CHICAGO (MCT) — Cook County Jail workers say they battle faded ink and subpar penmanship in trying to decipher reams of handwritten legal orders that determine who gets released, who is sent to a cell and when inmates are due back in court.
Sheriff Tom Dart on Wednesday said the county's antiquated records system increases the potential for human error. Dart, who is pushing for more computerized records, has been criticized in recent months after mistakes his department made wrongly allowed inmates to go free. In one case, a man in the middle of a lengthy murder sentence was released onto the street before being rearrested.
"I don't think there's anyone on the planet that would think, in the 21st century, this is how we should be operating," Dart said. "If we had basic technology that would go directly from the courtroom to our records department via the Internet, that would probably end 95 percent of the problems."
The records are under the purview of Circuit Court Clerk Dorothy Brown. In a statement, Brown's office said Wednesday that repeated efforts to create an interdepartment electronic records system for the criminal court have been "continually met with resistance or disinterest."
Brown remains ready to work with Dart and others to create an integrated records system, according to the statement.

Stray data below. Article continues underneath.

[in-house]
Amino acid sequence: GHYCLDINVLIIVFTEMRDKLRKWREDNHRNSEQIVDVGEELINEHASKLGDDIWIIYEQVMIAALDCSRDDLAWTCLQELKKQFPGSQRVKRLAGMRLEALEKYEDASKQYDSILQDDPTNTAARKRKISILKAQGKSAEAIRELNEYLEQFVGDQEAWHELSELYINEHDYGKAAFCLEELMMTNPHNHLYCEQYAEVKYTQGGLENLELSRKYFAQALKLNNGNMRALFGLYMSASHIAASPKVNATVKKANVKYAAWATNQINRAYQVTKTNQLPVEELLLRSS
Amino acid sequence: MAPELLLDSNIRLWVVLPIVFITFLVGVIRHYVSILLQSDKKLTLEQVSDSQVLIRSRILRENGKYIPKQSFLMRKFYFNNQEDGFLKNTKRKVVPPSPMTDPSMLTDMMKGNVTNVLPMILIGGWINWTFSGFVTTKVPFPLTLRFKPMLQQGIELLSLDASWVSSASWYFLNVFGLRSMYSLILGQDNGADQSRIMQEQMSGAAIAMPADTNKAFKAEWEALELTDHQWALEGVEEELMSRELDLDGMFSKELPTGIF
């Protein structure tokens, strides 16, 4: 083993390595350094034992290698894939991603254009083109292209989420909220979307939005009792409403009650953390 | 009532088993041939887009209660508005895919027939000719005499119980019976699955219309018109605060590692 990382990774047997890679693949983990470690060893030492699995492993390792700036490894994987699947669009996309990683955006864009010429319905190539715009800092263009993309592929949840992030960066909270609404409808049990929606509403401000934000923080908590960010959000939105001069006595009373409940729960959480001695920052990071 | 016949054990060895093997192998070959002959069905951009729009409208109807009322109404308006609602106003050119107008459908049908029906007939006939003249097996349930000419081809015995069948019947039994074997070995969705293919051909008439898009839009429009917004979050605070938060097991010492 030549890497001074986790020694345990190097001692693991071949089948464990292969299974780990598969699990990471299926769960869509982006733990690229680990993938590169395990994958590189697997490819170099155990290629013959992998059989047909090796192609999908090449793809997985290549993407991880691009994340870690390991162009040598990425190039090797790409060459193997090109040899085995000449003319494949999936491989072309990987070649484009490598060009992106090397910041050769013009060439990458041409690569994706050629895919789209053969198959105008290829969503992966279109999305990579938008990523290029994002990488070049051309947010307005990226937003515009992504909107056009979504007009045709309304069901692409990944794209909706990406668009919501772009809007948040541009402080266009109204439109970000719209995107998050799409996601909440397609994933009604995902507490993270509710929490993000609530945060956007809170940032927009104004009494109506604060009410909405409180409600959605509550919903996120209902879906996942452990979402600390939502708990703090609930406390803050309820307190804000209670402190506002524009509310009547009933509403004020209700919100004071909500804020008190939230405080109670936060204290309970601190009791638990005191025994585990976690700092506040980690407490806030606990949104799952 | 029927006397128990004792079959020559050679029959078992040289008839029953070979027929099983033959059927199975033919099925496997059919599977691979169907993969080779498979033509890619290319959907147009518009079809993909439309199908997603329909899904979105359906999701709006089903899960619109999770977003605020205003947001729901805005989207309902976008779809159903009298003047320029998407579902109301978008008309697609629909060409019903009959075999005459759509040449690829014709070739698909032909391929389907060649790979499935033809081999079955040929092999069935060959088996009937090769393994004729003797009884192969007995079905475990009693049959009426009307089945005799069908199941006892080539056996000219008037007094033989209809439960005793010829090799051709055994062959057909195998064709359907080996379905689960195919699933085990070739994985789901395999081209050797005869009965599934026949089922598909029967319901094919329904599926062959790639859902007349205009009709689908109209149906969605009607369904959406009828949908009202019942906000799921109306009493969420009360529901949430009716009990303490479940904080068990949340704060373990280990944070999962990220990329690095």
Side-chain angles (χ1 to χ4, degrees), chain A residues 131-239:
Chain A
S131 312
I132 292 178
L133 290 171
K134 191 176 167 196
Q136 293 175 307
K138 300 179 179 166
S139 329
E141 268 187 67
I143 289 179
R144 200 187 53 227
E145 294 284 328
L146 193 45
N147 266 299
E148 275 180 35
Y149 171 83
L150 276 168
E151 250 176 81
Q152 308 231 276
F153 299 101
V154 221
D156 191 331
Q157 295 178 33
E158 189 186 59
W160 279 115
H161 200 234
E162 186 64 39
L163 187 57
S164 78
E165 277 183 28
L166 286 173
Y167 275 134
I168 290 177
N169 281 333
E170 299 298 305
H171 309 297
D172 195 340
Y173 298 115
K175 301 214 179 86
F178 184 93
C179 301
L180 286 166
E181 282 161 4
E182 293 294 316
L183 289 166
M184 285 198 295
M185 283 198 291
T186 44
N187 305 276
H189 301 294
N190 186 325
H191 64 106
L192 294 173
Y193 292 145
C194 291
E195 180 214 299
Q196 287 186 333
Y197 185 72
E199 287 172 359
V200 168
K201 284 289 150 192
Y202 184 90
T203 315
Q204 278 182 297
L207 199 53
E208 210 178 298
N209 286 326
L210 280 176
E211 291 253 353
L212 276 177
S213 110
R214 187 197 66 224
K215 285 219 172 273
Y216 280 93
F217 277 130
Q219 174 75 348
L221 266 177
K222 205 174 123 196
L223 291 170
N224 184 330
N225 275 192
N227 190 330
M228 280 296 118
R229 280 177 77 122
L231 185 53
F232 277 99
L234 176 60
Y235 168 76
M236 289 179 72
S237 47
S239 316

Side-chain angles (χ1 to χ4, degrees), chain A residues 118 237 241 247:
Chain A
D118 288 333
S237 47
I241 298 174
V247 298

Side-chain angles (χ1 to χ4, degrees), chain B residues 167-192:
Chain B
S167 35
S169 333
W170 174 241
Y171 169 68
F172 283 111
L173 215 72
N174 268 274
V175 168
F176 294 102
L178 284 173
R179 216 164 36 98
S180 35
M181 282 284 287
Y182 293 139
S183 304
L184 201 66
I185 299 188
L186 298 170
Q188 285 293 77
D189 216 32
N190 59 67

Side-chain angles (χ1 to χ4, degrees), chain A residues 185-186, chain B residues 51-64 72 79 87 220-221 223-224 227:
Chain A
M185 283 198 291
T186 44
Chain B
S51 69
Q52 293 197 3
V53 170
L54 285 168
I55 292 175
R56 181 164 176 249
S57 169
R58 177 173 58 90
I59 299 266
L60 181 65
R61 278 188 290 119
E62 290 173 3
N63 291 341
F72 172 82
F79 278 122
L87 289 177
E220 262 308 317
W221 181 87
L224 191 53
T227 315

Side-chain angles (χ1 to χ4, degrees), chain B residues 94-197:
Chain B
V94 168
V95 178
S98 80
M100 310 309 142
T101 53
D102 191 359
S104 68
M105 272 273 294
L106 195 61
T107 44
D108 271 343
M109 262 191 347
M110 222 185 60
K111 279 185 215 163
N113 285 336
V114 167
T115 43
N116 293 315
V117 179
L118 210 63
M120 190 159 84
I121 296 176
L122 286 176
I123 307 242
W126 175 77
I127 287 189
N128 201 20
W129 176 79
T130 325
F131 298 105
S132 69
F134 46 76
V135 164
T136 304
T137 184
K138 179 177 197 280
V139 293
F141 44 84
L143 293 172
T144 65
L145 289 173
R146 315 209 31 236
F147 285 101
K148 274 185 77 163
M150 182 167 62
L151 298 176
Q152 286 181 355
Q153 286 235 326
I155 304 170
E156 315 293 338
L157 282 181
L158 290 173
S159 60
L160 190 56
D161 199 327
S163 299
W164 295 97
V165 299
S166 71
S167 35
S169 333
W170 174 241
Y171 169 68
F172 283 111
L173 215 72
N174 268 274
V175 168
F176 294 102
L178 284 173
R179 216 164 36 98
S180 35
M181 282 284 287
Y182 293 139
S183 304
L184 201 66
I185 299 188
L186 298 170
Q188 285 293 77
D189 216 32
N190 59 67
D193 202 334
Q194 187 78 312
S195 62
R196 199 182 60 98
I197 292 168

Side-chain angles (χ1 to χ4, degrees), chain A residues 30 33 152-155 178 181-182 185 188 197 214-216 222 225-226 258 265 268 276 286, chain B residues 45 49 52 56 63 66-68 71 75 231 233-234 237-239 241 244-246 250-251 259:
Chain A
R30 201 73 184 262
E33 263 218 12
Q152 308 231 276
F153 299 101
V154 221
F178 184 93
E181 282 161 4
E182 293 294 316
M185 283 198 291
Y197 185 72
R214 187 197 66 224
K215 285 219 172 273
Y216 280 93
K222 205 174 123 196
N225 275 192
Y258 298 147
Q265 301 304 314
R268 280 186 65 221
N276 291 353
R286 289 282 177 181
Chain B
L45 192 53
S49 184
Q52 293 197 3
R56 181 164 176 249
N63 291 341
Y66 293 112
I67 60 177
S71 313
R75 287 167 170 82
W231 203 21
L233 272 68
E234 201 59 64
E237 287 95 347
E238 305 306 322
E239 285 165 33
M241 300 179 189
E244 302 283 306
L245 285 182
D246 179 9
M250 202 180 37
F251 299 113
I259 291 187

As it stands, jail workers must sometimes read barely legible case numbers that snake around the edge of an entire piece of paper. In other cases, arrows and highlighter markers are used to draw attention to the latest in a series of court dates written on a single page. Officials said at least one or two cases a night require a phone call to a clerk or judge because an order isn't clear.
Three mistaken releases this year show that the consequences of misinterpreted instructions can be grave.
In January, convicted murderer Steven Robbins was released after appearing in court on a 1992 armed robbery case. Robbins, who was later rearrested, was in the middle of a 60-year murder sentence in Indiana.
Steven Derkits was wrongly released in July after being charged with beating his girlfriend. He then went on to attack her again, authorities said.
And just last month, state prisoner Jeremiah Harris was released from Cook County custody after his acquittal in a murder case. Harris, however, was already serving a 12-year sentence on a 2009 armed habitual criminal conviction.
Dart concedes that better computerized records wouldn't solve every problem, but he's confident they would make a difference. In the Robbins case, he said, about a dozen people handled the paper file on the Indiana murderer.
"In a world that is populated by humans, will there always be human error? Of course," Dart said. "When you can start cutting down on the shuffling of paper to different people's hands, you can start dramatically cutting down the possibility of human error."
Still, change has been slow to take hold. In nearly 30 years with the county, Michael Holmes said the records system has failed to evolve even as the jail's population has ballooned. Often, more than 10,000 inmates populate the expansive complex.
"All I see in changes is more inmates, more paperwork," said Holmes, the jail's assistant director. "But the system is still the same."
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